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Astronomers estimate 100 billion habitable Earth-like planets in the Milky Way, 50 sextillion in the universe

Astronomers estimate 100 billion habitable Earth-like planets in the Milky Way, 50 sextillion in the universe 94

Featured image is an infrared image of the core of the Milky Way, captured by NASA’s Spitzer space telescope. Infrared imaging allows you to see many stars which are normally obscured by intergalactic dust.

Astronomers at the University of Auckland claim that there are actually around 100 billion habitable, Earth-like planets in the Milky Way — significantly more than the previous estimate of around 17 billion. There are roughly 500 billion galaxies in the universe, meaning there is somewhere in the region of 50,000,000,000,000,000,000,000 (5×1022) habitable planets. I’ll leave you to do the math on whether one of those 50 sextillion planets has the right conditions for nurturing alien life or not.

Astronomers estimate 100 billion habitable Earth-like planets in the Milky Way, 50 sextillion in the universe 95

The previous figure of 17 billion Earth-like planets in the Milky Way came from the  Harvard-Smithsonian Center for Astrophysics in January, which analyzed data from the Kepler space observatory. Kepler essentially measures the dimming (apparent magnitude) of stars as planets transit in front of them — the more a star dims, the larger the planet. Through repeated observations we can work out the planet’s orbital period, from which we can usually derive the orbital distance and surface temperature. According to Phil Yock from the University of Auckland, Kepler’s technique generally finds “Earth-sized planets that are quite close to parent stars,” and are therefore “generally hotter than Earth [and not habitable].”

The University of Auckland’s technique, called gravitational microlensing, instead measures the number of Earth-size planets that orbit at twice the Sun-Earth distance. This results in a list of planets that are generally cooler than Earth — but by interpolating between this new list, and Kepler’s list, the Kiwi astronomers hope to generate a more accurate list of habitable, Earth-like planets. “We anticipate a number in the order of 100 billion,” says Yock.

Astronomers estimate 100 billion habitable Earth-like planets in the Milky Way, 50 sextillion in the universe 96

Gravitational microlensing, an effect theorized by Einstein back in 1936, is exactly what it sounds like. Essentially, light emitted by a star is bent by the gravity of massive objects, ultimately allowing astronomers to work out just how large those objects are. Gravitational microlensing has been used in recent years to detect planets the size of Neptune or Jupiter, and now Yock his colleagues at the University of Auckland have proposed a new method for detecting Earth-sized planets. The astronomers hope to use this new microlensing technique with a huge suite of telescopes — located in Chile, South Africa, Australia, New Zealand, Hawaii, and Texas — to confirm their estimate of 100 billion Earth-like habitable planets.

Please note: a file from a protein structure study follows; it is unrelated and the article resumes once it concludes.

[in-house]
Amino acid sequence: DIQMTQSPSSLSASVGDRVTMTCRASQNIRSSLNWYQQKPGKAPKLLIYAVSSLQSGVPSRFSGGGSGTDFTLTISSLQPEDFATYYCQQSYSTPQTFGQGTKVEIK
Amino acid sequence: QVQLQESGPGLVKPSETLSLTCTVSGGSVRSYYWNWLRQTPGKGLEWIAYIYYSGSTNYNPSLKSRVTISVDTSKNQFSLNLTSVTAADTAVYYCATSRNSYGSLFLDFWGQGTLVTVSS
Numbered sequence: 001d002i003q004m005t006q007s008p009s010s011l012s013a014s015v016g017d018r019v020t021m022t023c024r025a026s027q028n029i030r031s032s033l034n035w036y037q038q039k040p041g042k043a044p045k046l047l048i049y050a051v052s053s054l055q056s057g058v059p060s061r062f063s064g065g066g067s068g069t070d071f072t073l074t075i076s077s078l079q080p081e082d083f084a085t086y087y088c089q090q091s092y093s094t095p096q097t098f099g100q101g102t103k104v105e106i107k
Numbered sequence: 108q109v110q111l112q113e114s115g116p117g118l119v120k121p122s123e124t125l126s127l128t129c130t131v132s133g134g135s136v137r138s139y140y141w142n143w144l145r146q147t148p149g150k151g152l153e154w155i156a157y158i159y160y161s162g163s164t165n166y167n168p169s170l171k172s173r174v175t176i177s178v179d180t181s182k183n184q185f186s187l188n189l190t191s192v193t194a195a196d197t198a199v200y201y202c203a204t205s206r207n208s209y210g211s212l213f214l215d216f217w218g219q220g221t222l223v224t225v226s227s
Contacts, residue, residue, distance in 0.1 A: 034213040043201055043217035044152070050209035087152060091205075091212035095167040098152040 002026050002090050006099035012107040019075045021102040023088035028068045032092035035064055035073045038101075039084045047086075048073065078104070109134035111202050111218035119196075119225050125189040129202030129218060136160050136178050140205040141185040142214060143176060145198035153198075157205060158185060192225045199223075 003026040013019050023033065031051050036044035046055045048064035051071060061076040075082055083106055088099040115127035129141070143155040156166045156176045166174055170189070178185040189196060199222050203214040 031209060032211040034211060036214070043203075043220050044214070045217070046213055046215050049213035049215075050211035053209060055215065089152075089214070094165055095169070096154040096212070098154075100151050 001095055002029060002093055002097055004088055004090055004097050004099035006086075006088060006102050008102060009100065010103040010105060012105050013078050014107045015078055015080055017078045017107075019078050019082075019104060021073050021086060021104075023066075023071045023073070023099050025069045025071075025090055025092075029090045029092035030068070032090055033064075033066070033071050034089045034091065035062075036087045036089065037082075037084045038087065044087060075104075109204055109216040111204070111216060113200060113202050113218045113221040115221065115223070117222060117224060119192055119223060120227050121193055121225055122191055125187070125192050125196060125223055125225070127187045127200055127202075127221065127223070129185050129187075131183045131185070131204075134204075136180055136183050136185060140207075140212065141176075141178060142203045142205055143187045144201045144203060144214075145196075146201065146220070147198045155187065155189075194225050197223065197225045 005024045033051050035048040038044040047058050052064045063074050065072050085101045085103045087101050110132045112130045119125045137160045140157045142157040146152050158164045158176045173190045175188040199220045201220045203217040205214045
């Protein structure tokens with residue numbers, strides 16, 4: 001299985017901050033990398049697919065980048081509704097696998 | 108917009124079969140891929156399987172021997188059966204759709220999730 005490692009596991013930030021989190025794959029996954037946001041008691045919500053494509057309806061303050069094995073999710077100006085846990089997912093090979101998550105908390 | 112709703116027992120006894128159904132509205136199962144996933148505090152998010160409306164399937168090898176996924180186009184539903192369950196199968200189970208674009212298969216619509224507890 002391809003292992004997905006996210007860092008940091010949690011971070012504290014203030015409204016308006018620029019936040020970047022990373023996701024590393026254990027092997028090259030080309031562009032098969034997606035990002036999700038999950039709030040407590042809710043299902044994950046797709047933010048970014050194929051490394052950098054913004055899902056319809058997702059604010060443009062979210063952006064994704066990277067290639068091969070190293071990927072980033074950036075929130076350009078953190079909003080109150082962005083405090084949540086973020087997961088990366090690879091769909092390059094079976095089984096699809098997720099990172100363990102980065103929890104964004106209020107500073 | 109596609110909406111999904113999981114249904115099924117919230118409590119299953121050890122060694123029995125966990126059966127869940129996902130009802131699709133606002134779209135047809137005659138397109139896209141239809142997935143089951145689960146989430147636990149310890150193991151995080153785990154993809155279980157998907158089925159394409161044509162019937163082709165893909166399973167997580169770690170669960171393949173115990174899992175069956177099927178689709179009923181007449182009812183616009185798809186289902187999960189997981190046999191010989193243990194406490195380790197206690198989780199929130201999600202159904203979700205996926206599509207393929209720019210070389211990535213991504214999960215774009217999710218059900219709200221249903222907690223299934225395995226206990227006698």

Astronomers estimate 100 billion habitable Earth-like planets in the Milky Way, 50 sextillion in the universe 97

Suffice it to say, if the Milky Way contains 100 billion Earth-like planets, and there’s somewhere in the region of 500 billion galaxies, then there’s an extremely high chance of other planets harboring life. As for how we’ll get to those planets, though — or, alternatively, how the residents of those planets will get to us — remains a very big question. The nearest probably-habitable planet is Tau Ceti e, which is 11.9 light years from Earth. The fastest spacecraft ever, Helios II, traveled at 43 miles per second (70km/s), or 0.000234c (the speed of light). At that speed it would take 51,000 years for a spacecraft to reach Tau Ceti e.

Astronomers estimate 100 billion habitable Earth-like planets in the Milky Way, 50 sextillion in the universe 98

Harold White’s possible Alcubierre warp drive, and star shipIt gets worse: Helios II was only travelling that fast because it was orbiting close to the Sun; Voyager, for example, travels at just 8 miles per second (so, about 200,000 years to reach Tau Ceti e). To reach another star within a reasonable time period (say, 50-100 years) we would need a propulsion system that’s capable of around 0.1c (10% light speed). There are a few proposed methods for reaching such insane speeds (antimatter rockets, fusion rockets), but nothing that’s being immediately (and seriously) considered for interstellar travel. Who knows, maybe NASA’s warp drive will pan out? If they can work out the whole annihilating-the-star-system-upon-arrival issue, that is…

Gravitational microlensing unlocks the secret of alien life

Research paper: doi: 10.1093/mnras/stt318 – “Extending the planetary mass function to Earth mass by microlensing at moderately high magnification”

Source www.extremetech.com

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Space

KOI-5Ab, the curious planet that orbits in a system of three suns

KOI-5Ab, the curious planet that orbits in a system of three suns 111
Photo: (Caltech / R. Hurt (IPAC))

To us, the Sun alone seems perfectly normal, but our solar system is actually a strange exception.

Most stars in the Milky Way galaxy have at least one companion star. In a system 1,800 light-years away, astronomers have finally confirmed the existence of a gas giant planet orbiting stars in a triple star system.

Called KOI-5, the system is located in the constellation Cygnus, and the exoplanet was confirmed ten years after it was first detected by the Kepler space telescope.

In fact, the planet – now known as KOI-5Ab – was discovered by Kepler when it began operations back in 2009.

“KOI-5Ab was dropped because it was difficult and we had thousands of other candidates,” astronomer David Siardi of NASA’s Exoplanet Science Institute said.

“There were lighter dives than the KOI-5Ab, and every day we learned something new from Kepler, so the KOI-5 was almost forgotten.”

Exoplanet hunters tend to avoid the complexities of multi-star systems; of the more than 4,300 exoplanets confirmed to date, less than 10 percent are multi-star systems, although such systems dominate the galaxy. As a result, little is known about the properties of exoplanets in multi-star systems compared to those orbiting a lone star.